These are eminent psychologists, who, I'm sure, have conducted brilliant experiments, but on the face of it, they seem to be engaging in the worst sort of genetic determinism. They certainly have never seen a child who is fascinated by snakes--lethal and benign--or begun to explain those people who delight in snakes and bugs of all sorts. Then, too, an erroneous assumption that all snakes and spiders are a threat underlies the experiment.

But that discussion will have to wait while I briefly add my voice to the chorus declaiming against Bushy's endorsement of "intelligent design," as a plausible alternate to the theory of evolution as put forth by Darwin and elucidated over the years. "Intelligent design" is not a theory; it explains nothing. It is a critique of evolutionary theory that is forcefully dissected in the May 30, 2005, issue of the New Yorker by H. Allen Orr.

Ignoring the "science" and politics, I'll say, as I've said before, that if the world we find ourselves in--if we ourselves--are the product of an "intelligent designer" then he/she/it is either really stupid or a sadist or both. There's just no way around that. The problem is that unable to defend their nutty notions through reason, the religious rightists fall back on "faith." It's my belief. I'm entitled to it and to forcing it down your throat, and you can't argue about it because then you'd be mocking my faith. And furthermore, my faith is as valid as any other, because I hold it to be true. In fact, it's better than all those wrong others.

With such faith, you can never lose. But you surely can make a holy mess.

Wednesday, August 03, 2005

Cloned Canine

We have bamboo in our backyard, and, like all bamboo--as far as I know--it reproduces clonally. Each new shoot is genetically a carbon copy--except for the glitches, an unknown number--of every other shoot in this stand and others. But each one is different, not only because of those errors in copying but also because they were formed and broke into light of day under different circumstances. I think of that bamboo whenever I read a new article about the next animal or plant that some hotshot geneticist somewhere has cloned. Today's news is full of the South Korean scientist, Woo Suk Hwang, and his lab at Seoul National University. They cloned an Afghan hound, no less, and named it Snuppy [Seoul National University puppy--cute]. The scientific communication is in Nature (subscription required).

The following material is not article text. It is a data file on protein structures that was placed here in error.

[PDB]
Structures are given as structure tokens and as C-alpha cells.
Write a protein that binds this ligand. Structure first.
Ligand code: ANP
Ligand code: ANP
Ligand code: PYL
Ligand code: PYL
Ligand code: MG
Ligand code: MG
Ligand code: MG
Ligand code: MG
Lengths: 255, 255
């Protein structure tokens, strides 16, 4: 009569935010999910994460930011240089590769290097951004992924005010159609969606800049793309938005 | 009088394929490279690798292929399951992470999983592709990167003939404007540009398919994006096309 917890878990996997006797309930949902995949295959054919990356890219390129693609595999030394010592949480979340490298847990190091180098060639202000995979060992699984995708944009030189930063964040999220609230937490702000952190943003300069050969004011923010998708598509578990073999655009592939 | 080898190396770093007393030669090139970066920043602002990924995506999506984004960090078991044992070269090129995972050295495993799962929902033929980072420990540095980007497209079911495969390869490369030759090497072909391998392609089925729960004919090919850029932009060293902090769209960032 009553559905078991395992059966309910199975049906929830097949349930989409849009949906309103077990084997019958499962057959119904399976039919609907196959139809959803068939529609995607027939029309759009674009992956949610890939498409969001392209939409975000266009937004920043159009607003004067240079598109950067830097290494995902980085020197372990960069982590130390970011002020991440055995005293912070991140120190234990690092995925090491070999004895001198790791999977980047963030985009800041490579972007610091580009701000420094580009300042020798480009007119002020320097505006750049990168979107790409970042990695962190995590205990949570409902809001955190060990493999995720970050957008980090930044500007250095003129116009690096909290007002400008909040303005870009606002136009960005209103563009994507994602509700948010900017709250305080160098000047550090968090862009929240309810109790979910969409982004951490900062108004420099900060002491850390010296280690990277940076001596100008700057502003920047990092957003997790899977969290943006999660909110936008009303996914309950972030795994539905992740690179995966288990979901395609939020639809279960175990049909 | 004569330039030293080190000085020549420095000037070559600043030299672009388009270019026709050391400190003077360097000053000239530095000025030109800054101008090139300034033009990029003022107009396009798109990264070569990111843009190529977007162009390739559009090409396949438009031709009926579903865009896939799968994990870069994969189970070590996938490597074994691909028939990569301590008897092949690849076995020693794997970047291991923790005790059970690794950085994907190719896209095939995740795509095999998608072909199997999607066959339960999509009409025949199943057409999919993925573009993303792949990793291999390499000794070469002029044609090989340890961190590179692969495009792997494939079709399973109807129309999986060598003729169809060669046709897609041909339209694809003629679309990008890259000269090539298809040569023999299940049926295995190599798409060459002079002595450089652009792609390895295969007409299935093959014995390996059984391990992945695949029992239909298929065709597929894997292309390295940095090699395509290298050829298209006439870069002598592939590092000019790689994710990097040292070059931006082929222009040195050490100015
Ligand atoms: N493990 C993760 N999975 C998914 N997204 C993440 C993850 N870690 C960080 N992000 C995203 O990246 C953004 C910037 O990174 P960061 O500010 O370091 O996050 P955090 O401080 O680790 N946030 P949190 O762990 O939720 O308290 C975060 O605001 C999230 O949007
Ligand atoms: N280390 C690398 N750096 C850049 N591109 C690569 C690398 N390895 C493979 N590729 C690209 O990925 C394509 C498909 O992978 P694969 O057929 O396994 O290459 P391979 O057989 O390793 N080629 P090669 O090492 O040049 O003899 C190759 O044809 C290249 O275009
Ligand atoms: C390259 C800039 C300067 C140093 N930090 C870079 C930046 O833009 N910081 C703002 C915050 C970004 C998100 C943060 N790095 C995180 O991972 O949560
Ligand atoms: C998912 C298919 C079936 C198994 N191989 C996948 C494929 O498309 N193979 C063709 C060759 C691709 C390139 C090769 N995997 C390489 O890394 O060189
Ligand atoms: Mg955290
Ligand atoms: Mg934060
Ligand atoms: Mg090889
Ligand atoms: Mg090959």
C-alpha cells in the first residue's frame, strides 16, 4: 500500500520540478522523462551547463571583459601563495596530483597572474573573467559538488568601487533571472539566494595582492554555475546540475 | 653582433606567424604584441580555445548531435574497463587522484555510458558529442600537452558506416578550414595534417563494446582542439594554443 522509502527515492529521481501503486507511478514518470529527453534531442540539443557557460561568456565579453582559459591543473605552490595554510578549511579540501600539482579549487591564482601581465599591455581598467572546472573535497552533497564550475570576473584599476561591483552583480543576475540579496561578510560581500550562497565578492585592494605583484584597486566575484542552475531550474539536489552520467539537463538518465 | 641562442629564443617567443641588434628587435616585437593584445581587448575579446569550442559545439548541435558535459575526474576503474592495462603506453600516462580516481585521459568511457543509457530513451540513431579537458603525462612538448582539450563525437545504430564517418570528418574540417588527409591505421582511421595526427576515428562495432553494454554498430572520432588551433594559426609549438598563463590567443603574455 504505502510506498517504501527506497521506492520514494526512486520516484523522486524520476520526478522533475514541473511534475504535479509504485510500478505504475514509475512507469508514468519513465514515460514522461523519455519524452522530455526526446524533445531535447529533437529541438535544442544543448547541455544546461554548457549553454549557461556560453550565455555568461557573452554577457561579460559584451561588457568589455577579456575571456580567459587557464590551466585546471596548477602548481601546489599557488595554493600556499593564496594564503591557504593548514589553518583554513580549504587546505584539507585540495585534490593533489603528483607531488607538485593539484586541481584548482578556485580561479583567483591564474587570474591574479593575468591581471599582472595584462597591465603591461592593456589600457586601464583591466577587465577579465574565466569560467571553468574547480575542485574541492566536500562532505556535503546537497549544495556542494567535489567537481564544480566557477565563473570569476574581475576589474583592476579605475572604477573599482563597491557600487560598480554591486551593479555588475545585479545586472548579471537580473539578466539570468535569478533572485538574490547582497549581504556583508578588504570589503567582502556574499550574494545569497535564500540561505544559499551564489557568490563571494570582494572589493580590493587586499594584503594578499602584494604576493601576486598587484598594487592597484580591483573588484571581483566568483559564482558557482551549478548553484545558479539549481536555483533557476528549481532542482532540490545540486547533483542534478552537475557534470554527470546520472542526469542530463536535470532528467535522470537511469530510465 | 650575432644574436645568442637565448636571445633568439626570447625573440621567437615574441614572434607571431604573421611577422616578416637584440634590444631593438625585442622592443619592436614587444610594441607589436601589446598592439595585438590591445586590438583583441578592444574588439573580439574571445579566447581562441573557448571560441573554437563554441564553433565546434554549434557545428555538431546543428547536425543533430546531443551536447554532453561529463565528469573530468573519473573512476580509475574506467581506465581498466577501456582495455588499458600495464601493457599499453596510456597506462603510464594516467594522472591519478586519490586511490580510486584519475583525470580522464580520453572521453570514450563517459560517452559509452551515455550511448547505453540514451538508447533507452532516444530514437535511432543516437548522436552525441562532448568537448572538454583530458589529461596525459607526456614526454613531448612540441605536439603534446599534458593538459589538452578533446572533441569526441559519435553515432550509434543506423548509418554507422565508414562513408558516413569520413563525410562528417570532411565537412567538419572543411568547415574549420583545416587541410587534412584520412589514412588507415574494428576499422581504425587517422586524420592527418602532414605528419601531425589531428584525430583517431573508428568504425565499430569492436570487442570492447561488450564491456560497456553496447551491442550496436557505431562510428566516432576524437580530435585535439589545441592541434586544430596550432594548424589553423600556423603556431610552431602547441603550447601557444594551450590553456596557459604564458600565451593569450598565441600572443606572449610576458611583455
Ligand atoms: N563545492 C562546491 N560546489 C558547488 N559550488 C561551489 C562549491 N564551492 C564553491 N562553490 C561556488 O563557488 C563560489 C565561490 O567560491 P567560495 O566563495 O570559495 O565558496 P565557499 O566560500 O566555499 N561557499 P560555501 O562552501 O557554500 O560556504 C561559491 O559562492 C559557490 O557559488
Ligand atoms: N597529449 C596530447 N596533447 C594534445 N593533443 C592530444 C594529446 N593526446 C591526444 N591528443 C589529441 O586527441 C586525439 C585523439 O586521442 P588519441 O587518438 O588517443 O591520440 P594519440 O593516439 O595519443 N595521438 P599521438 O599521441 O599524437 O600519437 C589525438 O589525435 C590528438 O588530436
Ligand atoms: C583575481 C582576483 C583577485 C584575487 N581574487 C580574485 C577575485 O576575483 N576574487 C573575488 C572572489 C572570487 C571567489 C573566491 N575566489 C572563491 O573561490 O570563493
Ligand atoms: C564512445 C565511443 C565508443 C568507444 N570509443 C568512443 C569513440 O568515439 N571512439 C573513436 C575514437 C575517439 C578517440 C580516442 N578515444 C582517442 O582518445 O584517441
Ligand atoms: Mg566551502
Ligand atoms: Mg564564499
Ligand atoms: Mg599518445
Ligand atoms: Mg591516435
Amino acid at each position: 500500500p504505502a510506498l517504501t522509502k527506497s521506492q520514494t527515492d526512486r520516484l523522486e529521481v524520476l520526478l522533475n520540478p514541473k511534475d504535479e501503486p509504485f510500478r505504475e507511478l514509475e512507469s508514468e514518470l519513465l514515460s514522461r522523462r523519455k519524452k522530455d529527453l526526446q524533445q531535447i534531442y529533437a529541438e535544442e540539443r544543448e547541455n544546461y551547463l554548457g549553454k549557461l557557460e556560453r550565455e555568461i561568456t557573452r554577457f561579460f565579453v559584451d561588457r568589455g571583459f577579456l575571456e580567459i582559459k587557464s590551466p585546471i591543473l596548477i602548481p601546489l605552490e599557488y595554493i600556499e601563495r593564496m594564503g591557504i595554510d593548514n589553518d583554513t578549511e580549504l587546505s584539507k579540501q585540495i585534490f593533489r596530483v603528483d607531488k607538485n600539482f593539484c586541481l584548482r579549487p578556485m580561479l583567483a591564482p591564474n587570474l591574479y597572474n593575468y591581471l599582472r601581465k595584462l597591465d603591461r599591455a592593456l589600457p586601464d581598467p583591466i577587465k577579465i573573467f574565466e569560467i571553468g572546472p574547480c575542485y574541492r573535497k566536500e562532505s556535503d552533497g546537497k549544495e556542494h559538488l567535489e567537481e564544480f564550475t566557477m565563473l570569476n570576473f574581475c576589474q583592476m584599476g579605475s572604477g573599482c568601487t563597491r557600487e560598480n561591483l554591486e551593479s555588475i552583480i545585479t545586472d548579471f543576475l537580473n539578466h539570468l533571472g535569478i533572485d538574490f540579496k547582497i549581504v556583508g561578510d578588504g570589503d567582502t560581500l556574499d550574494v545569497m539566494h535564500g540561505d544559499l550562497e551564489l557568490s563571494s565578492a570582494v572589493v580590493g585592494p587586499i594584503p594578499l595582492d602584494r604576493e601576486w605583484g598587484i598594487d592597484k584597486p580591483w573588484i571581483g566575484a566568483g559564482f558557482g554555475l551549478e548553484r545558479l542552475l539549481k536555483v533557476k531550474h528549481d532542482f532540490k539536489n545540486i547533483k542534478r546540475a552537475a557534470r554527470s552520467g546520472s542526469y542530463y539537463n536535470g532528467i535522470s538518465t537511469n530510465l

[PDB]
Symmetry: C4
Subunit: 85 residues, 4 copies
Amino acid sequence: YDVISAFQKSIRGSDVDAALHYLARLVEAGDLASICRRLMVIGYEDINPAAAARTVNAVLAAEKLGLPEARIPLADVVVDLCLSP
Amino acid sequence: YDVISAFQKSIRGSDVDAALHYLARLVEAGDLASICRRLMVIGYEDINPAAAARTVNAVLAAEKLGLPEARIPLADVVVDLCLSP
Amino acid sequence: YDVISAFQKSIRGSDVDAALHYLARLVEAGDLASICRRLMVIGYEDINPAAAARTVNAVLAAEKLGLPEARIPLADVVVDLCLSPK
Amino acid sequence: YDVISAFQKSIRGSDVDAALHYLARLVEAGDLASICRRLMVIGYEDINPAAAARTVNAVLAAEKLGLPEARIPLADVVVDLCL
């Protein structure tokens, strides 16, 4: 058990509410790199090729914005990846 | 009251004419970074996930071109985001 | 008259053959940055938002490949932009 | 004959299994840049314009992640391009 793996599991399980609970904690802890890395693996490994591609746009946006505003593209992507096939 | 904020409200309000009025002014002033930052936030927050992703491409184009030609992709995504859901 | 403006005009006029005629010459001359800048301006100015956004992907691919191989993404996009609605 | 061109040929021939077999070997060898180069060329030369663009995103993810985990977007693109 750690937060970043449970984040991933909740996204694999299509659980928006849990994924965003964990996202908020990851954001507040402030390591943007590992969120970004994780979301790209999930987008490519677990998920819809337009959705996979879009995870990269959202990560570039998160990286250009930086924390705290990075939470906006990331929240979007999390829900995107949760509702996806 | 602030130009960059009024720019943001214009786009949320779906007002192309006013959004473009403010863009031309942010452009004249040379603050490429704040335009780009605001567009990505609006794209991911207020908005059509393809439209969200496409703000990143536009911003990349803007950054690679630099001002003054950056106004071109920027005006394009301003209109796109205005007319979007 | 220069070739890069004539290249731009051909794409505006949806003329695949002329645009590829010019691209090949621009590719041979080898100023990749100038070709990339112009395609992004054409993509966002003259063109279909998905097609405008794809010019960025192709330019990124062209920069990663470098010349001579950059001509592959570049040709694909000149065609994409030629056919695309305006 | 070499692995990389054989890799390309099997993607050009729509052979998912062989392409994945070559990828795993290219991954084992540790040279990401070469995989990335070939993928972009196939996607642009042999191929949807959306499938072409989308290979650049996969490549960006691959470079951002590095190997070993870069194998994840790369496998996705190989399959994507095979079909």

Gina Kolata
, writing in the New York Times, calls their feat, "the Mount Everest of cloning." Initially, I thought the statement what I called in my editing days "hyperbolic exaggeration"--bad writing of the worst sort--but then I realized that it was, in fact, a runaway metaphor, one of those cases where the author says something they don' t intend, and that something, although the opposite of what they intended, is right on. Thus, Kolata presumably meant to praise the Korean work as heroic, forgetting that George Mallory when asked in 1924 why he wanted to climb Everest, reportedly replied, "Because it is there." Nothing "heroic" about that--maybe imperialistic, but not heroic.

Mallory died on the mountain's slopes, and now, 52 years after Tenzig and Hillary made the summit, the well marked routes to the top have become thoroughfares cluttered with climbers, littered with garbage and corpses. Similarly, the path toward a cloned dog is littered with rejected eggs, embryos, and expectations, not to mention dogs.

There are now more reasons not to climb Everest than there are to climb it, yet each year, base camp becomes more crowded because as "the world's highest peak," it remains the "ultimate" climbing challenge in the eyes of many. Call it the homogenization of experience--the end of diversity in adventure and exploration--as surely as cloning is an assault on genetic diversity--the driving force behind evoluion for most plants and animals, including humans. Sexual reproduction, involving, as it does, the mixing of genes is, at times, a sloppy process. but slop is more interesting than sameness.

Cloning is the genetic equivalent of having to wear the same clothes as everyone else; it's the scientific manifestation of the unfortunate trend of putting the same"branded" shops in every community in the world. Cloning is the enemy of diversity. Most people in the media can't even begin to make that connection.

What's the point to cloning a dog, then? First, bragging rights for the people who did it--no small thing. Second, refining the techniques for cloning humans. A world-class geneticist told me some years ago that the only reason for learning to clone the dog, was to master techniques for cloning a human, and to make cloning more acceptable! If my beloved Dawg, why not me? Hwang Woo Suk and his colleagues say that they want to use cloned dogs to study diseases in humans and dogs and that they would never clone a human. The Koreans might not, but people elsewhere want to be the first on their block to clone humans, for both the glory and the notoriety.

There is no reason to clone, where it is not the natural form of reproduction. Cloning is the ultimate limit on diversity. Selling it as some sort of resurrection of a lost pet is wrong; it plays upon people's naive genetic notions and nostalgia, for like my bamboo shoots, the two will not be the same. Claiming that cloning the dog will lead inevitably to the cure for diseases common to humans and dogs is bogosity, a play on people's emotions to justify something that shouldn't even merit a "yuk test." There certainly are no grounds other than propaganda for saying it will have any lasting scientific merit.

People want to clone in order to prove they can manipulate the forces of evolution. They probably can't, but even if they could, it must be said that judging from the mess people have made of purebed dogs, there are more good reasons to ban cloning of any sort, than to allow it.